I keep to a strict gluten-free regime, but with one understandable exception: Paris. Whenever I’m in the French capital I put aside those au courant dietary rules in the name of going native, right down to my dernier bite of pain au chocolat. A number of gluten-free bakeries and cafés have popped up in Paris in the past few years, but I’d generally rather suffer through my body’s reaction to the wheat than forgo a crusty baguette or two.
Now, however, there’s Noglu, a chic and understated “goodbye to gluten” housed within the pale-pink walls of highly regarded French interior designer Mathieu Lehanneur. This Upper Marais address is, in fact, the third outpost of the nascent, transcontinental brand, which has two other Paris locations (in the 2nd and 7th arrondissements) plus a New York satellite on the Upper East Side, where gluten is all but outlawed these days. But this new edition is the notably gourmet outlier thanks to exceptionally talented chef Tsuyoshi Miyazaki, the former number two at Michelin-starred Passage 53 – a gastronomic pinnacle even by Paris standards – who brings his considerable cooking techniques to Noglu’s short but sublime symphony of a menu.
Settled into two counter seats on my most recent visit, my dinner date and I nibbled on surprisingly fluffy, warm and wheat-free bread, while the sommelier poured us each a glass of Monsieur S by Etienne Fort, a natural sparkling wine produced in Limoux, and we watched the Japanese maestro at work in the open kitchen. Next came a scarlet wreath of paper-thin beetroot slices, sprinkled with raspberries, cashews and Gorgonzola to share. This fresh surge of spring was followed with more subtle and sophisticated flavour combinations at thoughtful intervals: three roasted carrot slivers arrived side by side, each lightly glazed in orange coulis with dollops of fromage blanc. As I savoured this dish, I watched in awe as Miyazaki, with two spoons and much sleight of hand, puréed the dash of burnt aubergine that topped our grilled mackerel, then added finishing touches of hazelnuts and wasabi cream.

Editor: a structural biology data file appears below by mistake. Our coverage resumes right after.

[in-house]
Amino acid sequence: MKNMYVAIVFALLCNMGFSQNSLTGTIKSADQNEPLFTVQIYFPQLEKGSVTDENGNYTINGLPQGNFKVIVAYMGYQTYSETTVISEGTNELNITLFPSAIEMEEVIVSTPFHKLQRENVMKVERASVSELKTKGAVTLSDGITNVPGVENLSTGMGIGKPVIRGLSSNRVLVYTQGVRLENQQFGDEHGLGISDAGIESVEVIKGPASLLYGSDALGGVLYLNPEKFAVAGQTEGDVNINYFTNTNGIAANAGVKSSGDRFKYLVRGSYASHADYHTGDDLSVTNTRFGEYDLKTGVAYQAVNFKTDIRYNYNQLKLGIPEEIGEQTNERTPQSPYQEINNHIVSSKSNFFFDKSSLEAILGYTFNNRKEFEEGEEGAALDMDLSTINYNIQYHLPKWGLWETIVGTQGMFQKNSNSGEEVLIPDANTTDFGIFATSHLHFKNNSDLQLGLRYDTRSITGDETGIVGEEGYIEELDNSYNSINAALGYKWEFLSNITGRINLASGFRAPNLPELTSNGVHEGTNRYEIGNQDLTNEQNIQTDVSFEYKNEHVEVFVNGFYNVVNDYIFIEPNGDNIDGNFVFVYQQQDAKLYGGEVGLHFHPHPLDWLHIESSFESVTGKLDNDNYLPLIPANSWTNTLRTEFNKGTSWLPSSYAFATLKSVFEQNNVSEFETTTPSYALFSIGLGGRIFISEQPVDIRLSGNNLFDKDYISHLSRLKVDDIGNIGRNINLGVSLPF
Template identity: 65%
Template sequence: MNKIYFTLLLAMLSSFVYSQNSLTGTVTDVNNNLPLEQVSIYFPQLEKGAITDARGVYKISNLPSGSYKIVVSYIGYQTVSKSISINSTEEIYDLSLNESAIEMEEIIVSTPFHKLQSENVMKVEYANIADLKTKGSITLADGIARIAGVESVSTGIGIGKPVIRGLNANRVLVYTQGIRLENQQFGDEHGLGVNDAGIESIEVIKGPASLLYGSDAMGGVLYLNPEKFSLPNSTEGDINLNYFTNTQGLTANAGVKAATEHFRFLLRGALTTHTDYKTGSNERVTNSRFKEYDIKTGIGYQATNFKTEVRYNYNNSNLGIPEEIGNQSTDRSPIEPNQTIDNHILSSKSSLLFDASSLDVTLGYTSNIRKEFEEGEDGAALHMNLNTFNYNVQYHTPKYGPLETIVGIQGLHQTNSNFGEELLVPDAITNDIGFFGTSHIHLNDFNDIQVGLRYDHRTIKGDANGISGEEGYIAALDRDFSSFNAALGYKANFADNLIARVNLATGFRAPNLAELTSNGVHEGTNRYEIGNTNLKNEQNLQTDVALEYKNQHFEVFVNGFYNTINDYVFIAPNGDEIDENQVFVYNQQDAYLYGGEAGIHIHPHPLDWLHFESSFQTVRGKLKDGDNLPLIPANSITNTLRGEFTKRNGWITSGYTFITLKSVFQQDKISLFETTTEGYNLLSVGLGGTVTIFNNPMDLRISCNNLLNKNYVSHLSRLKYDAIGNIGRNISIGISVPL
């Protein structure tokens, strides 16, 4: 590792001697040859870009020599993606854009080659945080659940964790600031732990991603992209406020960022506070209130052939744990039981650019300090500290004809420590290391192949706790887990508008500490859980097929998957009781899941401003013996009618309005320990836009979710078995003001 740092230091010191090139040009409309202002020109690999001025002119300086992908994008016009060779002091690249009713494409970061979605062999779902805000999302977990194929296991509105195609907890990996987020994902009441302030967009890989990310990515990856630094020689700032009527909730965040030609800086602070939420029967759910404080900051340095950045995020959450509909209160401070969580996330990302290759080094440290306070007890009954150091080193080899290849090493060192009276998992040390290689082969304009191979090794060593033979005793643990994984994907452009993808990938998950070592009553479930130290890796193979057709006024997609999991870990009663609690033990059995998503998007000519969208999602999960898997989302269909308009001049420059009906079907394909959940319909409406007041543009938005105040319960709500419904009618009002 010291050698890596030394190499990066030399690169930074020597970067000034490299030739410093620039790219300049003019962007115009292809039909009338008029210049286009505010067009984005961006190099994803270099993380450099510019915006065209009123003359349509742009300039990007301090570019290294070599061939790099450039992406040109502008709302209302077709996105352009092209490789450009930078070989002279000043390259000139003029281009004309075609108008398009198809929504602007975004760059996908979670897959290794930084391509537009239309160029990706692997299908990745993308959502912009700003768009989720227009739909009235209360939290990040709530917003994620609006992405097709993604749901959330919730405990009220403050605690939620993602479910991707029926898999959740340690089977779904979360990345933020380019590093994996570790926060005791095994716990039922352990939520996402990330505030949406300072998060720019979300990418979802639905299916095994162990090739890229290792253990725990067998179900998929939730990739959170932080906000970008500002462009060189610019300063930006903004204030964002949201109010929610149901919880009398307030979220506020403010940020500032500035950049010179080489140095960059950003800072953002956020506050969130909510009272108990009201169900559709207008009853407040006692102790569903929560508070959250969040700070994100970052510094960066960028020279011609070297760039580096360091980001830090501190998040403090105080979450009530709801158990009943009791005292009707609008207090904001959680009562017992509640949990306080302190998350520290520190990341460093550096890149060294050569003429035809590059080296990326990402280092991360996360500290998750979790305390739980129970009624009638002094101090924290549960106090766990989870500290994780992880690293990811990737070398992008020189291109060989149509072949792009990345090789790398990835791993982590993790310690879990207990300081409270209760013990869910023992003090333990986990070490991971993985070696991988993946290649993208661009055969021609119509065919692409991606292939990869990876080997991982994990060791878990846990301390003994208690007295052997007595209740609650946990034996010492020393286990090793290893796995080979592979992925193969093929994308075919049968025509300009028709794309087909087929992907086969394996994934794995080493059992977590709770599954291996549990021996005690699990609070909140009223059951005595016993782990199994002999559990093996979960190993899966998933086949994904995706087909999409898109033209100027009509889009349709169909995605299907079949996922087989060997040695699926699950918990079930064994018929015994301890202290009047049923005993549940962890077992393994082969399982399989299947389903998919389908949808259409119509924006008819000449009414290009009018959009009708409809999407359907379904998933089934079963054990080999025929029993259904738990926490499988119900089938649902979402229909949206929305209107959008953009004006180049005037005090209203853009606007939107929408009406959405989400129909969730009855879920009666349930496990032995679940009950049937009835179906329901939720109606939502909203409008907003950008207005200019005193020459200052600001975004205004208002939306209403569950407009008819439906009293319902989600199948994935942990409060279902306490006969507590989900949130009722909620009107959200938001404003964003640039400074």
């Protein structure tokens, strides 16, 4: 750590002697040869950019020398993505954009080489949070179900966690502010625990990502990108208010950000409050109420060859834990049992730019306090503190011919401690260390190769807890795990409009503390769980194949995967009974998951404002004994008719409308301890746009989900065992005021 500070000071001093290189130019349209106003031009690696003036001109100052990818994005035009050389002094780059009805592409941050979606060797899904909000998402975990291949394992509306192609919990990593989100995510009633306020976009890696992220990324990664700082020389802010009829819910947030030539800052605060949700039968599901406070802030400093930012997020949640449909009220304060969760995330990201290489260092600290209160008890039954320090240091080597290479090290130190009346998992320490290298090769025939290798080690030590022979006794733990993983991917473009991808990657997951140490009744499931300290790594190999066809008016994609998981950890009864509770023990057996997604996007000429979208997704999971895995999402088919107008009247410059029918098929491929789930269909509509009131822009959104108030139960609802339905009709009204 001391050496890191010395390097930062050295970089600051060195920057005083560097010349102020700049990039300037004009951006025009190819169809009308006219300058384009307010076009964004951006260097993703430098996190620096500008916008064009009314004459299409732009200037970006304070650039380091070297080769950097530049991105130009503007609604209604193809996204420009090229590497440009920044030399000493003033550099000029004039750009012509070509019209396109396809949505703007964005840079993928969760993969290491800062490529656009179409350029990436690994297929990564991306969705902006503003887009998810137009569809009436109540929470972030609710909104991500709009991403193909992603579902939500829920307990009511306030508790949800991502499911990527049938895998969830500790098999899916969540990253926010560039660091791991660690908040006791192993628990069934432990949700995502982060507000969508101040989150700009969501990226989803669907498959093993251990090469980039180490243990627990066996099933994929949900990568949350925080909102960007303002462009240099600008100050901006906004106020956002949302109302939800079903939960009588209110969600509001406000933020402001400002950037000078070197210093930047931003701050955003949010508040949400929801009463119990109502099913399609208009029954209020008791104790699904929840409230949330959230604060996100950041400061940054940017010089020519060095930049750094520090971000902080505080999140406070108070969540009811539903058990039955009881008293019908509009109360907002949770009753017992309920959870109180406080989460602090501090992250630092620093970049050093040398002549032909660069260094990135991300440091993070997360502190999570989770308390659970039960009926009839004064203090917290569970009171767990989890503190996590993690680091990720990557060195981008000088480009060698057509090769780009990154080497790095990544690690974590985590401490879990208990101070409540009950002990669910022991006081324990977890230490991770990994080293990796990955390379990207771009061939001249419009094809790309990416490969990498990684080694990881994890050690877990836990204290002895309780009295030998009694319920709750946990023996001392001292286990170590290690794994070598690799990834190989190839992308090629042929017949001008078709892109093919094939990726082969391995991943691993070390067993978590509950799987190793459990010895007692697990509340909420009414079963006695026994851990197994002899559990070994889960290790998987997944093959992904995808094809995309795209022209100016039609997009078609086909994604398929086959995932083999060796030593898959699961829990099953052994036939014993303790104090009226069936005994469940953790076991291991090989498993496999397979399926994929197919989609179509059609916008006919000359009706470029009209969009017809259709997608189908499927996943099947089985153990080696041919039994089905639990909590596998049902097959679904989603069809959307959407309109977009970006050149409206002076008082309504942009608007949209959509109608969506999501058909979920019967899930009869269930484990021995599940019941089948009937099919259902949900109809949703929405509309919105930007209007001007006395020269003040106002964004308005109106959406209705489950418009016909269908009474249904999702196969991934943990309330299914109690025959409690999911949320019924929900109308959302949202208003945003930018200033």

Mains here are no less skilfully prepared, their flavours harmoniously mixed; shredded, fried spring onions trailed a juicy slice of chicken on Camembert cream, while the vegetarian dish, black and white rice with vegetables was lavished with a creamy yet light curry sauce before our eyes. Early reviews in the French press showed a distinctly Gallic shrug towards the desserts. Their loss, I say, since the vegan panna cotta coco is a delightfully light confection of roasted mango and pineapple slices topped with a cloud of lemongrass-infused coconut whipped cream.